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The Settler: A novel of modern Israel (Historical Middle Eastern Romance Fiction)

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Like the thousands who made their lives in the rural settlement of Gush Katif in Gaza, college freshman Sarah Dakar didn’t believe the Israel Defense Force would dare kick Jews out of their homes in Gaza. “Jews Don’t Expel Jews” she cried along with the Zionist activists seeking to stop what they called “The Expulsion.” Once she is dragged out of her home by the Jewish arm Like the thousands who made their lives in the rural settlement of Gush Katif in Gaza, college freshman Sarah Dakar didn’t believe the Israel Defense Force would dare kick Jews out of their homes in Gaza. “Jews Don’t Expel Jews” she cried along with the Zionist activists seeking to stop what they called “The Expulsion.” Once she is dragged out of her home by the Jewish army she had once idolized–and to which her brother lost his life–she decides: Screw it. Screw God. Screw the country. Screw the Jewish people. She sets off for Israel’s big city, Tel Aviv, seductively fertile ground for a religious rebel. The colorful lights and sizzling music of Tel Aviv's world-famous nightclub, Atlantis, ignite her love for dance. Despite herself, she is drawn to its charismatic, liberal owner, Ziv Harel. He's intrigued by the prospect of transforming a “religious settler” into a nightlife queen. Their tortured romance forces both to confront their deep-seated values, but how far will Sarah go to question who she is and what she believes—and at what cost?


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Like the thousands who made their lives in the rural settlement of Gush Katif in Gaza, college freshman Sarah Dakar didn’t believe the Israel Defense Force would dare kick Jews out of their homes in Gaza. “Jews Don’t Expel Jews” she cried along with the Zionist activists seeking to stop what they called “The Expulsion.” Once she is dragged out of her home by the Jewish arm Like the thousands who made their lives in the rural settlement of Gush Katif in Gaza, college freshman Sarah Dakar didn’t believe the Israel Defense Force would dare kick Jews out of their homes in Gaza. “Jews Don’t Expel Jews” she cried along with the Zionist activists seeking to stop what they called “The Expulsion.” Once she is dragged out of her home by the Jewish army she had once idolized–and to which her brother lost his life–she decides: Screw it. Screw God. Screw the country. Screw the Jewish people. She sets off for Israel’s big city, Tel Aviv, seductively fertile ground for a religious rebel. The colorful lights and sizzling music of Tel Aviv's world-famous nightclub, Atlantis, ignite her love for dance. Despite herself, she is drawn to its charismatic, liberal owner, Ziv Harel. He's intrigued by the prospect of transforming a “religious settler” into a nightlife queen. Their tortured romance forces both to confront their deep-seated values, but how far will Sarah go to question who she is and what she believes—and at what cost?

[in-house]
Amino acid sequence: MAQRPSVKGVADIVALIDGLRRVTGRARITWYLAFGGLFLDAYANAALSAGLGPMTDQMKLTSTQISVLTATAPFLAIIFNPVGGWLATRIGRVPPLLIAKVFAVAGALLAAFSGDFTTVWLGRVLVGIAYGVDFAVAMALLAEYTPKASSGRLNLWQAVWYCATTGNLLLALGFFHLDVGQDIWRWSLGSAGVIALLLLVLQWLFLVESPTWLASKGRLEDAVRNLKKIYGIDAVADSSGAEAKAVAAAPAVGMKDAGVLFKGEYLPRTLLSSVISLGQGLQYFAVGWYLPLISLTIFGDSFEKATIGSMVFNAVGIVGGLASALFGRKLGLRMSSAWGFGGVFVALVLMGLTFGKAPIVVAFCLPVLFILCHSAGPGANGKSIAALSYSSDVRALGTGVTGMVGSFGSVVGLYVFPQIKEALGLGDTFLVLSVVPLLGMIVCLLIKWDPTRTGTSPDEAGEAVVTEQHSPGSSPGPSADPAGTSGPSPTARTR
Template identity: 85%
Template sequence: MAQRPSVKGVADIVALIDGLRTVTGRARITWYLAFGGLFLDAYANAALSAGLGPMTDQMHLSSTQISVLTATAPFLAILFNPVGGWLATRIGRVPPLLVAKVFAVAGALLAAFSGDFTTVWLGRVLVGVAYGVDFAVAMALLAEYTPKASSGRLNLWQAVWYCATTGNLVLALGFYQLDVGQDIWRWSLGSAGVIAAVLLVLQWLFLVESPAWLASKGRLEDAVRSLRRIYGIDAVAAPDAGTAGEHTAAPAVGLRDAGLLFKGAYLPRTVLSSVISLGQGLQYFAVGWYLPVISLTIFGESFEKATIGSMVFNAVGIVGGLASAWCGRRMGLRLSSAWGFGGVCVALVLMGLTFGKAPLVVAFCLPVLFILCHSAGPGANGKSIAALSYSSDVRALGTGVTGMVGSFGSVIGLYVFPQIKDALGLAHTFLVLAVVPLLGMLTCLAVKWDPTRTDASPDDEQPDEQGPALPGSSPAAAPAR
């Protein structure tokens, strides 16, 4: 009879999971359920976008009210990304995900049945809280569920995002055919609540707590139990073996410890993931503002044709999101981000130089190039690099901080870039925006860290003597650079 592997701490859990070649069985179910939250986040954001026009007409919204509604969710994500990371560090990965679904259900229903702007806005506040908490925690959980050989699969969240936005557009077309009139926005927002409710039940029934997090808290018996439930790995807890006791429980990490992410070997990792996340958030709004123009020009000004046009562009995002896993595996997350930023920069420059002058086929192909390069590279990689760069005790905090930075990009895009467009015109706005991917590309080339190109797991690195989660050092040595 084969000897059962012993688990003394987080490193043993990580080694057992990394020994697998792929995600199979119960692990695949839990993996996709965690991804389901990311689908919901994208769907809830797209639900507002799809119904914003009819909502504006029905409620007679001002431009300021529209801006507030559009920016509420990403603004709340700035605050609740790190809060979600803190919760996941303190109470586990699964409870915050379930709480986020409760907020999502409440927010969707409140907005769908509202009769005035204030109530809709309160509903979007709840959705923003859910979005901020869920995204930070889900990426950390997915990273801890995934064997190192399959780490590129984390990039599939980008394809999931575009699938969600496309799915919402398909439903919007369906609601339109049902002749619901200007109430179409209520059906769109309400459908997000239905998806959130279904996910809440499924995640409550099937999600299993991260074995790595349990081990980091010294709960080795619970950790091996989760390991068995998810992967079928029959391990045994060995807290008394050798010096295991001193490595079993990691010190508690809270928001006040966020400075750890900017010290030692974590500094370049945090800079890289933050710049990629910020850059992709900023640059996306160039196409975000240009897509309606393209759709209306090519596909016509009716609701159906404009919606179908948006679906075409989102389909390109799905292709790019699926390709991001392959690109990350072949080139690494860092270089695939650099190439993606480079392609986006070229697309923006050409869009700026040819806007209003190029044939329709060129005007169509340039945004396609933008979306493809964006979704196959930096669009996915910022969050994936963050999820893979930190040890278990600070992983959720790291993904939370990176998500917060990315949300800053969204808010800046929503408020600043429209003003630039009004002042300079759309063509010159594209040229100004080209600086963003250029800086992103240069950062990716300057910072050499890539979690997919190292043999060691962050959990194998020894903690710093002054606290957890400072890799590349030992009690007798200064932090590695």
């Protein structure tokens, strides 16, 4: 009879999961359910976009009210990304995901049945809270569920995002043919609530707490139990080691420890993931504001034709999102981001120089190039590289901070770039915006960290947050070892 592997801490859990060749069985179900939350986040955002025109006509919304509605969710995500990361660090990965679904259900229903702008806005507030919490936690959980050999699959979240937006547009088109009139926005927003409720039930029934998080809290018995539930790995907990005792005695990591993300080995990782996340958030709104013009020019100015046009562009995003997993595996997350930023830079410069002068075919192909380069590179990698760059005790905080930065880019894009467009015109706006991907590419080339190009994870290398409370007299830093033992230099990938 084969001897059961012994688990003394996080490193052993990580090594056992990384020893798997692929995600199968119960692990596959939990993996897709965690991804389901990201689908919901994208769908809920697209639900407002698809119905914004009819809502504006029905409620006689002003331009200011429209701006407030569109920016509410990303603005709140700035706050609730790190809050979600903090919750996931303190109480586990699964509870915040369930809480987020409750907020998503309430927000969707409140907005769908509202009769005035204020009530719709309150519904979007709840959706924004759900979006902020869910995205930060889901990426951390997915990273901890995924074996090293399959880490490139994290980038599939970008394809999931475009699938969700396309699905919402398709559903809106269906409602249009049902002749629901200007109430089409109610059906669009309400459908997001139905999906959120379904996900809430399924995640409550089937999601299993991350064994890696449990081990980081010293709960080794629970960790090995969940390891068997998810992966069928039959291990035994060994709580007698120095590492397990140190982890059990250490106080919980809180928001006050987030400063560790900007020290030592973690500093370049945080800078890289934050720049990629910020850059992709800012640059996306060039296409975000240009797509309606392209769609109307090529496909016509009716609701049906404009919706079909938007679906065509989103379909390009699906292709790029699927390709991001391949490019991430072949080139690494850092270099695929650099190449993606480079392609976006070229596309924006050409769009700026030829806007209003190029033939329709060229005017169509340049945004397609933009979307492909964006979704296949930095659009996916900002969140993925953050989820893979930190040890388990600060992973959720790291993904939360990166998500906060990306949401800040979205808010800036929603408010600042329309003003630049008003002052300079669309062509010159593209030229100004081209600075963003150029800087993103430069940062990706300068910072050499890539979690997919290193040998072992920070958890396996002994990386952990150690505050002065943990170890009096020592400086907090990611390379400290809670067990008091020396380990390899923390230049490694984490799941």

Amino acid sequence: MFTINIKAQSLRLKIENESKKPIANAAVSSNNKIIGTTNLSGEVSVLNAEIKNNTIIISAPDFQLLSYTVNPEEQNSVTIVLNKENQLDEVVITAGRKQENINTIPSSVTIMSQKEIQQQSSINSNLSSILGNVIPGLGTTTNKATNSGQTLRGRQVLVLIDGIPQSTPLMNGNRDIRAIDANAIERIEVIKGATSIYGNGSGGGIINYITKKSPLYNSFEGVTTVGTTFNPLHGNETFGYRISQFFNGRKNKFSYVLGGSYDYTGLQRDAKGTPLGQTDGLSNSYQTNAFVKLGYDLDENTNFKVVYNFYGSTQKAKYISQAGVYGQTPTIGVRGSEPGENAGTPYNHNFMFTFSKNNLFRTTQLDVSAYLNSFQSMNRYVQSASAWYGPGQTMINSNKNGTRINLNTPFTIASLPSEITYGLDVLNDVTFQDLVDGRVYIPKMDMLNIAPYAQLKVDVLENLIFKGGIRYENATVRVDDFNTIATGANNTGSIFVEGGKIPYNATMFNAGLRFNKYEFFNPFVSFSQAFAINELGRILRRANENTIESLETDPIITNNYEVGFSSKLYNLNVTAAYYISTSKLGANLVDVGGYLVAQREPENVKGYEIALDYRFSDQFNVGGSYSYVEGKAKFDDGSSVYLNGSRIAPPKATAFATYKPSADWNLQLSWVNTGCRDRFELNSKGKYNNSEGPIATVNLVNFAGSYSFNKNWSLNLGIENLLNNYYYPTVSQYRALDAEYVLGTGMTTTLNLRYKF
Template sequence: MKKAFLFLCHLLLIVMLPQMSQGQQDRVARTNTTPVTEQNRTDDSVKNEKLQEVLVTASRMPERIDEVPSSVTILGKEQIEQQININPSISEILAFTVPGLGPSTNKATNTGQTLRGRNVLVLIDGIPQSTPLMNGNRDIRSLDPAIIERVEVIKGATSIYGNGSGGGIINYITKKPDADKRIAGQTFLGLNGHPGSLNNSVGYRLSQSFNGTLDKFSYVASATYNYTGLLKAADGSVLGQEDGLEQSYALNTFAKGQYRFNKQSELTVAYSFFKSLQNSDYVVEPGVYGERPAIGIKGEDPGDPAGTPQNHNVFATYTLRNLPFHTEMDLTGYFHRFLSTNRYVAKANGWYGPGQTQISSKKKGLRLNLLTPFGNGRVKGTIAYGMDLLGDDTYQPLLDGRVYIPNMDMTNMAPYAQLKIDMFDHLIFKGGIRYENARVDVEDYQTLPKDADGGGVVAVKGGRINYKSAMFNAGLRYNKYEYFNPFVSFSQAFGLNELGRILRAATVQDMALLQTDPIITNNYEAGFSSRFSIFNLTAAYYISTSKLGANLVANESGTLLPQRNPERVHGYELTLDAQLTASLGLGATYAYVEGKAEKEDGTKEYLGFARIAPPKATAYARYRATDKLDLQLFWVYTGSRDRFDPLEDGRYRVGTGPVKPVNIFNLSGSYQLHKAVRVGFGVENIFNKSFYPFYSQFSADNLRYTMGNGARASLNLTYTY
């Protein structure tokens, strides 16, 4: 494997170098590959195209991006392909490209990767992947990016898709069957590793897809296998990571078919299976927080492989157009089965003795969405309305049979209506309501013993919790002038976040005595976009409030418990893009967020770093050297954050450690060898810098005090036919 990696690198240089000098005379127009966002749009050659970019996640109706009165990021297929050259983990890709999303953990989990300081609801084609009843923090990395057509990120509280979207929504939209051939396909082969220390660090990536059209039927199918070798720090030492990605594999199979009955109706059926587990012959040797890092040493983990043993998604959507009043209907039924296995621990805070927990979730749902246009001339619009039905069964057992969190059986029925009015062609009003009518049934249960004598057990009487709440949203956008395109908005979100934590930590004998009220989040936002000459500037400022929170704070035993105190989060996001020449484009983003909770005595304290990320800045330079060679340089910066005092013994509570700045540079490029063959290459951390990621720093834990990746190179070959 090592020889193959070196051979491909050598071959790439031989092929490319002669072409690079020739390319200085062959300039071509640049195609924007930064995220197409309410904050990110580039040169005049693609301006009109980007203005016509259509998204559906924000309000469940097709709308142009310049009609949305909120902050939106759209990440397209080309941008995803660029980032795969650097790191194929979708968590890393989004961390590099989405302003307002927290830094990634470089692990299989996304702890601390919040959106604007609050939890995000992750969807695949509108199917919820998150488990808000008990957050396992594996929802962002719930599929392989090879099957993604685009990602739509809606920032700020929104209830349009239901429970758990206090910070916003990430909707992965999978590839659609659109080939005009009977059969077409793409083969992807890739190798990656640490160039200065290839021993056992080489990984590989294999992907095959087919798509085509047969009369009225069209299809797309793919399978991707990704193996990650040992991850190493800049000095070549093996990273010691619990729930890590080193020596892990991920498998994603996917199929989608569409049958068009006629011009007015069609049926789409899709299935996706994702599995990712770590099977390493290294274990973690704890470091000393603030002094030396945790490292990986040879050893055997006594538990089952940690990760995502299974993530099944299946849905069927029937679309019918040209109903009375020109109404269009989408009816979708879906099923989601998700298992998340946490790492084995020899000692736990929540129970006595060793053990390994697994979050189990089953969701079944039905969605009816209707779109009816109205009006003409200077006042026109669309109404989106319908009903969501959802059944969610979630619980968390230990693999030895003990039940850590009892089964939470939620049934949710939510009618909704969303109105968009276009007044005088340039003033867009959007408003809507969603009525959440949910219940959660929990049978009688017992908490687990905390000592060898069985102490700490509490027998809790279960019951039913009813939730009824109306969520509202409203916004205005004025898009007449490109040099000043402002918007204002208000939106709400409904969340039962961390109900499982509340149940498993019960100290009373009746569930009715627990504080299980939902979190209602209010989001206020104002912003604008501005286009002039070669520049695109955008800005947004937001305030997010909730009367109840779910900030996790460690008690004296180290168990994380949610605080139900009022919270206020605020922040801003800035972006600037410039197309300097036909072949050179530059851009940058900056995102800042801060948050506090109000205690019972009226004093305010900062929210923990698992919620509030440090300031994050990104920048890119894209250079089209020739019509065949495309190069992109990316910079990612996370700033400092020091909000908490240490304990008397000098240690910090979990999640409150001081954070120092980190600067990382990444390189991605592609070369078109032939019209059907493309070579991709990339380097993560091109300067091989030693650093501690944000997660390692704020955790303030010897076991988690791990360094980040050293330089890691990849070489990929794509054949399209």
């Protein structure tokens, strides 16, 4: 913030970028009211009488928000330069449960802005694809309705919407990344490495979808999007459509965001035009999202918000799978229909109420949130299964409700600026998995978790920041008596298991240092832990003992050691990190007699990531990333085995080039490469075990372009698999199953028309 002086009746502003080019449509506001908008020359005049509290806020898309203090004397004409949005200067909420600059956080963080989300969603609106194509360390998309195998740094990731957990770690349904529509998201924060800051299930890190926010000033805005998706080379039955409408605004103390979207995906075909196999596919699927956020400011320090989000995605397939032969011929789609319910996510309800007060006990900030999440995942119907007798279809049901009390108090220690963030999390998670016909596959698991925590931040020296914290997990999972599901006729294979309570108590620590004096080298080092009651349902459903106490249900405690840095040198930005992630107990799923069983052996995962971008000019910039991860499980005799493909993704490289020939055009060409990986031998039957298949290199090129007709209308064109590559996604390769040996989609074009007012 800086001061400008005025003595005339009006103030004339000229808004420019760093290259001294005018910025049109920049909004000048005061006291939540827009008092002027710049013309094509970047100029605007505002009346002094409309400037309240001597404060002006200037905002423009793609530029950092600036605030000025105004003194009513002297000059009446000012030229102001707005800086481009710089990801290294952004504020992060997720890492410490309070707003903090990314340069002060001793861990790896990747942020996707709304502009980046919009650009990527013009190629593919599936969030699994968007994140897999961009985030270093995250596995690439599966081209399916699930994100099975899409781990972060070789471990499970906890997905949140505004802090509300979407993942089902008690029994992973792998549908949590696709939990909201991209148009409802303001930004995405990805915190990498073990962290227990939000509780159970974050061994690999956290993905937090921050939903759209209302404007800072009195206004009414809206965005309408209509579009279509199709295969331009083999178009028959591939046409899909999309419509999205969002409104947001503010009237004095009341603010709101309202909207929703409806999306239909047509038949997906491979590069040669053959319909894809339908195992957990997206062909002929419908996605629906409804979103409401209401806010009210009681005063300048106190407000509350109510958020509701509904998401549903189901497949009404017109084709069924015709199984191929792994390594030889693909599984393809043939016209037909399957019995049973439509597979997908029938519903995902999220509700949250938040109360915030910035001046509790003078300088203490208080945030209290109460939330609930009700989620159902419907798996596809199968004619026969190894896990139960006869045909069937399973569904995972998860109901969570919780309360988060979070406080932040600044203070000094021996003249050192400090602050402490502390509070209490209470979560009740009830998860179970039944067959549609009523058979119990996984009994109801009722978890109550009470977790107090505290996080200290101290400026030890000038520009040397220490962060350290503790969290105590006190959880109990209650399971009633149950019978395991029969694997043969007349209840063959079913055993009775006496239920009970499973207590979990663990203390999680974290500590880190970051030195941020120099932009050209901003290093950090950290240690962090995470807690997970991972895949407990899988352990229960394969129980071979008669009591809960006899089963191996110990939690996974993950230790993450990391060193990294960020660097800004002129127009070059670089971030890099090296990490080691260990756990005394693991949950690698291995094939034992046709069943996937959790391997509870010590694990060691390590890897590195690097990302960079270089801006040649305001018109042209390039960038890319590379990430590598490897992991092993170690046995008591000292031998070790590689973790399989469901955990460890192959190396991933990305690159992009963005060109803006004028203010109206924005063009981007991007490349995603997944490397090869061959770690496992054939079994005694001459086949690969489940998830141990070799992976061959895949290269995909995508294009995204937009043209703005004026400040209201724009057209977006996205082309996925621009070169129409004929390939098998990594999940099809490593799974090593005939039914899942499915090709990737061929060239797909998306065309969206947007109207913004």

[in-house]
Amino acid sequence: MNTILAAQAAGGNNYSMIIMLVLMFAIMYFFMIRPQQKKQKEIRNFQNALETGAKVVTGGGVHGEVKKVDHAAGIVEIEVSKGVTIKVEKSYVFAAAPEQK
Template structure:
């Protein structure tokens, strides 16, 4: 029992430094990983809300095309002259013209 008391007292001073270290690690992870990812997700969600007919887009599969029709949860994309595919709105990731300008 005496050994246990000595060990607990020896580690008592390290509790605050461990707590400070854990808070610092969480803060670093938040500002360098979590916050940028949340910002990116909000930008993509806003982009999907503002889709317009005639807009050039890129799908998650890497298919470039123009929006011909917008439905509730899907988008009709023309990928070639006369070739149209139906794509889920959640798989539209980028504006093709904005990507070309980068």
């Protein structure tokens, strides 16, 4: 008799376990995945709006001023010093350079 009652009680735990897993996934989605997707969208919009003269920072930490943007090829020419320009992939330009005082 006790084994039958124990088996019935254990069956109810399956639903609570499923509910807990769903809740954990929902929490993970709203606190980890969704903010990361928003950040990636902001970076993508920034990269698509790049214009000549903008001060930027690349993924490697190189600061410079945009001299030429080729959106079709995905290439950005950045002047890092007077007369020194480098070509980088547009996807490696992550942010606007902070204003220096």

30 review for The Settler: A novel of modern Israel (Historical Middle Eastern Romance Fiction)

  1. 4 out of 5

    MaryJane Rings

    This is an amazing book of the other side of the story. We who live in a country that has never been invaded in modern times except at Pearl Harbor during WW11. We can't begin to imagine or understand what it is like to hear bombing in our towns, see the destruction or be taken against our will from our homes. We are not at the mercy of the current government as to where we should live or who we should fear. The culture and traditions of the Orthodox Jews is well depicted and it was very eye ope This is an amazing book of the other side of the story. We who live in a country that has never been invaded in modern times except at Pearl Harbor during WW11. We can't begin to imagine or understand what it is like to hear bombing in our towns, see the destruction or be taken against our will from our homes. We are not at the mercy of the current government as to where we should live or who we should fear. The culture and traditions of the Orthodox Jews is well depicted and it was very eye opening to this reader. I have always been very respectful of other's religions and ways of thinking but to see the solemn observance of Sabbat and the gathering of the family together is full of meaning and the roots of their observances run deep. It was nothing short of inspiring. Having been raised in a Roman Catholic tradition, this book increased my understanding of the traditions that came long before Christianity. The pull of secular world for Sarah was very strong as she was coming of age and also trying to justify the political injustice and the chaos around her. It caused her guilt but she was driven to find somewhere to have fun. She was very lucky to find kindness and friendship from those she met. The story has an interesting conclusion but the artistry is in the depiction of life in Israel and the ongoing uncertainties of coping in Middle Eastern politics and often conflicting cultures. A great read from many standpoints. Although I had no preconceived opinions before reading this book. It gave me great insight to a way of life in a part of the world so far away that only appears on the news. It shows the heart of the people and as the book progresses they become familiar and very real. Books like this give us an understanding of the need to find out more about the cultures of this very ancient and volatile area of the world.